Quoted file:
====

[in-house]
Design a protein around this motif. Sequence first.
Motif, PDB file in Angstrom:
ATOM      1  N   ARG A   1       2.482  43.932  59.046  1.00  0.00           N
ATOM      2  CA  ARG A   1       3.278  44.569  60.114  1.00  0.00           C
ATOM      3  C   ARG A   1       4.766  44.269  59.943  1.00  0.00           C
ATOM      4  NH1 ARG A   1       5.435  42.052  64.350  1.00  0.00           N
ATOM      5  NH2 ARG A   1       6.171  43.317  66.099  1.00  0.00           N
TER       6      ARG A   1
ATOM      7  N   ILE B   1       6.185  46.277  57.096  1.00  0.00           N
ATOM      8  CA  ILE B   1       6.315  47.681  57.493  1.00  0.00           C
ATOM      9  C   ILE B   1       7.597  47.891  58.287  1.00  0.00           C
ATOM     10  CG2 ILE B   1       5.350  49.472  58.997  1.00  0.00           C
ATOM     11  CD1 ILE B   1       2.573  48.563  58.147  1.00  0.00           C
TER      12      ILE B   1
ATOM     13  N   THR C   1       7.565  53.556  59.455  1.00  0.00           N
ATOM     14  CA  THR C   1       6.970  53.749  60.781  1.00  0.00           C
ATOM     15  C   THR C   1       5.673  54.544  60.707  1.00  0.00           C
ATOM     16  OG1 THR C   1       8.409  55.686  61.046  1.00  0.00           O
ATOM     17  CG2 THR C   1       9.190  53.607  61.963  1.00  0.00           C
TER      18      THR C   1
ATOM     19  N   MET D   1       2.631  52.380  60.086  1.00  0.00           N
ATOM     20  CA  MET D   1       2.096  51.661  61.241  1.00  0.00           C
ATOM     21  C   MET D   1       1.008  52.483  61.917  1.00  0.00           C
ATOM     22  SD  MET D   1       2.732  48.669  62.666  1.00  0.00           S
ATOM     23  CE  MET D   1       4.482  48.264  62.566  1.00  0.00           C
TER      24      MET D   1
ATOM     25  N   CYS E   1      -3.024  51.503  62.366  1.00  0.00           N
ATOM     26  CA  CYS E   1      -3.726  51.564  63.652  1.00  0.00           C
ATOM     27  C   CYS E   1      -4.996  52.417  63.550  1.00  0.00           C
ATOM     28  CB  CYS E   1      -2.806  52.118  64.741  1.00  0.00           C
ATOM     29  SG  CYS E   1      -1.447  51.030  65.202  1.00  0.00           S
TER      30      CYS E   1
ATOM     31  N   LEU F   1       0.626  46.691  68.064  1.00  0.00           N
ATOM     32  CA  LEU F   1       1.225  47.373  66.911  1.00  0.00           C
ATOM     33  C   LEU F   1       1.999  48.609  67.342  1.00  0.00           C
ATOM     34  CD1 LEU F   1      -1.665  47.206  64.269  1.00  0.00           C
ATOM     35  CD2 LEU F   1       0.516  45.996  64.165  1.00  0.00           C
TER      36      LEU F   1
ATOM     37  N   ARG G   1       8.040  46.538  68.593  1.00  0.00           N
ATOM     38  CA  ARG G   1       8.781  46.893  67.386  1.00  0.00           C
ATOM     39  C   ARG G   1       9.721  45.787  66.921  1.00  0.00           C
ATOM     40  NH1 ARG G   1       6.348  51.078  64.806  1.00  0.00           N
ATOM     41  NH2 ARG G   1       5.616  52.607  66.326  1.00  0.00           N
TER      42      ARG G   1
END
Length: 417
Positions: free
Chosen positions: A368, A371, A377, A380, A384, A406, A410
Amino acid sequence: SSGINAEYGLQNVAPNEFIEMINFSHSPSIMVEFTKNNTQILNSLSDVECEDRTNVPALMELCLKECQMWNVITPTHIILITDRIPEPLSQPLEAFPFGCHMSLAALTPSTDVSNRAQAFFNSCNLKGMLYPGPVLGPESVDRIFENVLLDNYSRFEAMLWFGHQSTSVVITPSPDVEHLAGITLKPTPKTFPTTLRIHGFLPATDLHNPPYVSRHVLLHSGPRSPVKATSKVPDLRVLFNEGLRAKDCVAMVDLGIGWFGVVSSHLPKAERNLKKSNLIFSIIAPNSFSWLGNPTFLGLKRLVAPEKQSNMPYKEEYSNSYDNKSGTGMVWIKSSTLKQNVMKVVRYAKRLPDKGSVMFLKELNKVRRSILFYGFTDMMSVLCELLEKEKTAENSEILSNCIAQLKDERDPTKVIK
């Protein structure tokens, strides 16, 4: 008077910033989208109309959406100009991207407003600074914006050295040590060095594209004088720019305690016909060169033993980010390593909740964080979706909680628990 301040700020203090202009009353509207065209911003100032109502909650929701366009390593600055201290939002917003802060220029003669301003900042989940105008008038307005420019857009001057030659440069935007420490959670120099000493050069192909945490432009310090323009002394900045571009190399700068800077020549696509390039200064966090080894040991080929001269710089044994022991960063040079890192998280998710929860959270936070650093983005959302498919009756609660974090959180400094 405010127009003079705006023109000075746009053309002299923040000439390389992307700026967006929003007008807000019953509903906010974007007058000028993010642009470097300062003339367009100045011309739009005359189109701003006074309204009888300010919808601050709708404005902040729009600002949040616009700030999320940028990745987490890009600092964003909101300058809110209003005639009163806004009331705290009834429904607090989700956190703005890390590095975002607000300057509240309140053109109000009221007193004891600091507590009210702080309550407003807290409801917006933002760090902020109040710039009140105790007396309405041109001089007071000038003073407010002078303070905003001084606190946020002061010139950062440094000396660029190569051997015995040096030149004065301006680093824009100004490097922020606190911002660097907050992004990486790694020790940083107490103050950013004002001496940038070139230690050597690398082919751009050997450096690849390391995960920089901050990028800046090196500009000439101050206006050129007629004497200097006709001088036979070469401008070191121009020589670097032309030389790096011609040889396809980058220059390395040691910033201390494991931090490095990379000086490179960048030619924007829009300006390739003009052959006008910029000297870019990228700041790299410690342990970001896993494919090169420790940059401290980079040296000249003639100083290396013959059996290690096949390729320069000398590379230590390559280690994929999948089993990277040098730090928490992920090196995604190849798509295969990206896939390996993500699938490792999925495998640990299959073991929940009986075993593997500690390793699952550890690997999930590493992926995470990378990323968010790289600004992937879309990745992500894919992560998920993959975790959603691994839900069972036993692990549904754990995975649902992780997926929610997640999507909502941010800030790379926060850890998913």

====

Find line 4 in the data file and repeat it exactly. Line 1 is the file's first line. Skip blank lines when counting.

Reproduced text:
ATOM      1  N   ARG A   1       2.482  43.932  59.046  1.00  0.00           N